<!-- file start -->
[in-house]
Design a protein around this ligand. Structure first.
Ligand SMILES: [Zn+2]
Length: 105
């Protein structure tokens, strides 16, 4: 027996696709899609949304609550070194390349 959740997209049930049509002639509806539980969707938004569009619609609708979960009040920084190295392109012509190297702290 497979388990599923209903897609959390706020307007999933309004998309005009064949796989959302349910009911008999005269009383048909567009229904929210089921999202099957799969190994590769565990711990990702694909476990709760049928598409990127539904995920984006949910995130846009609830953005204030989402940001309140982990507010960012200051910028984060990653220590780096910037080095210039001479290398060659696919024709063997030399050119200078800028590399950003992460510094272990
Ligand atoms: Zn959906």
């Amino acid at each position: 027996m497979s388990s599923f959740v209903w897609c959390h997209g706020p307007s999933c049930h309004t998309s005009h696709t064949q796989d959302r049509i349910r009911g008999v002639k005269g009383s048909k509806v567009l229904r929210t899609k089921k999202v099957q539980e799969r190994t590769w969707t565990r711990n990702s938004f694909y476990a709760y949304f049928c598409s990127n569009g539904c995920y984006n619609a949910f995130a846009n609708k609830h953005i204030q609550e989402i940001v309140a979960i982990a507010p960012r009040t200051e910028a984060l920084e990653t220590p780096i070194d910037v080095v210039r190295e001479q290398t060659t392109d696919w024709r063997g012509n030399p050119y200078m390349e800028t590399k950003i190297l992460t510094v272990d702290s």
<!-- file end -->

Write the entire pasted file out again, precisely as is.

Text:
[in-house]
Design a protein around this ligand. Structure first.
Ligand SMILES: [Zn+2]
Length: 105
């Protein structure tokens, strides 16, 4: 027996696709899609949304609550070194390349 959740997209049930049509002639509806539980969707938004569009619609609708979960009040920084190295392109012509190297702290 497979388990599923209903897609959390706020307007999933309004998309005009064949796989959302349910009911008999005269009383048909567009229904929210089921999202099957799969190994590769565990711990990702694909476990709760049928598409990127539904995920984006949910995130846009609830953005204030989402940001309140982990507010960012200051910028984060990653220590780096910037080095210039001479290398060659696919024709063997030399050119200078800028590399950003992460510094272990
Ligand atoms: Zn959906």
């Amino acid at each position: 027996m497979s388990s599923f959740v209903w897609c959390h997209g706020p307007s999933c049930h309004t998309s005009h696709t064949q796989d959302r049509i349910r009911g008999v002639k005269g009383s048909k509806v567009l229904r929210t899609k089921k999202v099957q539980e799969r190994t590769w969707t565990r711990n990702s938004f694909y476990a709760y949304f049928c598409s990127n569009g539904c995920y984006n619609a949910f995130a846009n609708k609830h953005i204030q609550e989402i940001v309140a979960i982990a507010p960012r009040t200051e910028a984060l920084e990653t220590p780096i070194d910037v080095v210039r190295e001479q290398t060659t392109d696919w024709r063997g012509n030399p050119y200078m390349e800028t590399k950003i190297l992460t510094v272990d702290s």